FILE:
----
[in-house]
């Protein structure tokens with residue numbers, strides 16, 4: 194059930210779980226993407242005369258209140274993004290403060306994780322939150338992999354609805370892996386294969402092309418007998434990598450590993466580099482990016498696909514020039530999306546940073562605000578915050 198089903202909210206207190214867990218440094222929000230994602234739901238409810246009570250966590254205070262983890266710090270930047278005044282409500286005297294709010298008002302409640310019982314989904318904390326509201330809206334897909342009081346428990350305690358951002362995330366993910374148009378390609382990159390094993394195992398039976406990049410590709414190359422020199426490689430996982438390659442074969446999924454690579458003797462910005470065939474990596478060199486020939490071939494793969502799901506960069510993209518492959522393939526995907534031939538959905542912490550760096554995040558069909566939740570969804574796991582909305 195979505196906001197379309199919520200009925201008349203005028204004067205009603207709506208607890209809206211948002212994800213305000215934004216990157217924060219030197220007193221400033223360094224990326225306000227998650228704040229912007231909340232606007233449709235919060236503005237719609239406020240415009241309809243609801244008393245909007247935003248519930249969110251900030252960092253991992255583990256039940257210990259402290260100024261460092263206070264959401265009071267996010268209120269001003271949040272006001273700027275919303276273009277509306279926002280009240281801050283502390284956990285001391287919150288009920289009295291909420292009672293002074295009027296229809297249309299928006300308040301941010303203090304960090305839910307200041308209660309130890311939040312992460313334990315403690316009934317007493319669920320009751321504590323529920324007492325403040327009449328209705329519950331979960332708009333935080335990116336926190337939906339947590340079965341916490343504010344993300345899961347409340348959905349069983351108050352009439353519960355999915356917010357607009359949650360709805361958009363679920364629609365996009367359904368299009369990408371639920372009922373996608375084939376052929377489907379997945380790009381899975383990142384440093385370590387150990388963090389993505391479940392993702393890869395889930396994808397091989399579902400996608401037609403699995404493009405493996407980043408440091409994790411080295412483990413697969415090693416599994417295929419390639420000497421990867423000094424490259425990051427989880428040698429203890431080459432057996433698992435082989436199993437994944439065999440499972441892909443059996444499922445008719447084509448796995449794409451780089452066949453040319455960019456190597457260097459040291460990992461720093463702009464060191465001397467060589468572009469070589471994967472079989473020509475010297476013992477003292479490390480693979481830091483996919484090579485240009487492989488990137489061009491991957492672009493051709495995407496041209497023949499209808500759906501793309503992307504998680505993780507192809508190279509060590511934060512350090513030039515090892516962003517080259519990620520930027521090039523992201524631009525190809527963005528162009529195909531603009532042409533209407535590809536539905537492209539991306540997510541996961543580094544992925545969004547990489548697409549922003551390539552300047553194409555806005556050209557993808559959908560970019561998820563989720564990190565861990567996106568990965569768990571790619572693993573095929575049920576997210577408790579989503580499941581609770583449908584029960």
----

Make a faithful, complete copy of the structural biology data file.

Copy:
[in-house]
């Protein structure tokens with residue numbers, strides 16, 4: 194059930210779980226993407242005369258209140274993004290403060306994780322939150338992999354609805370892996386294969402092309418007998434990598450590993466580099482990016498696909514020039530999306546940073562605000578915050 198089903202909210206207190214867990218440094222929000230994602234739901238409810246009570250966590254205070262983890266710090270930047278005044282409500286005297294709010298008002302409640310019982314989904318904390326509201330809206334897909342009081346428990350305690358951002362995330366993910374148009378390609382990159390094993394195992398039976406990049410590709414190359422020199426490689430996982438390659442074969446999924454690579458003797462910005470065939474990596478060199486020939490071939494793969502799901506960069510993209518492959522393939526995907534031939538959905542912490550760096554995040558069909566939740570969804574796991582909305 195979505196906001197379309199919520200009925201008349203005028204004067205009603207709506208607890209809206211948002212994800213305000215934004216990157217924060219030197220007193221400033223360094224990326225306000227998650228704040229912007231909340232606007233449709235919060236503005237719609239406020240415009241309809243609801244008393245909007247935003248519930249969110251900030252960092253991992255583990256039940257210990259402290260100024261460092263206070264959401265009071267996010268209120269001003271949040272006001273700027275919303276273009277509306279926002280009240281801050283502390284956990285001391287919150288009920289009295291909420292009672293002074295009027296229809297249309299928006300308040301941010303203090304960090305839910307200041308209660309130890311939040312992460313334990315403690316009934317007493319669920320009751321504590323529920324007492325403040327009449328209705329519950331979960332708009333935080335990116336926190337939906339947590340079965341916490343504010344993300345899961347409340348959905349069983351108050352009439353519960355999915356917010357607009359949650360709805361958009363679920364629609365996009367359904368299009369990408371639920372009922373996608375084939376052929377489907379997945380790009381899975383990142384440093385370590387150990388963090389993505391479940392993702393890869395889930396994808397091989399579902400996608401037609403699995404493009405493996407980043408440091409994790411080295412483990413697969415090693416599994417295929419390639420000497421990867423000094424490259425990051427989880428040698429203890431080459432057996433698992435082989436199993437994944439065999440499972441892909443059996444499922445008719447084509448796995449794409451780089452066949453040319455960019456190597457260097459040291460990992461720093463702009464060191465001397467060589468572009469070589471994967472079989473020509475010297476013992477003292479490390480693979481830091483996919484090579485240009487492989488990137489061009491991957492672009493051709495995407496041209497023949499209808500759906501793309503992307504998680505993780507192809508190279509060590511934060512350090513030039515090892516962003517080259519990620520930027521090039523992201524631009525190809527963005528162009529195909531603009532042409533209407535590809536539905537492209539991306540997510541996961543580094544992925545969004547990489548697409549922003551390539552300047553194409555806005556050209557993808559959908560970019561998820563989720564990190565861990567996106568990965569768990571790619572693993573095929575049920576997210577408790579989503580499941581609770583449908584029960």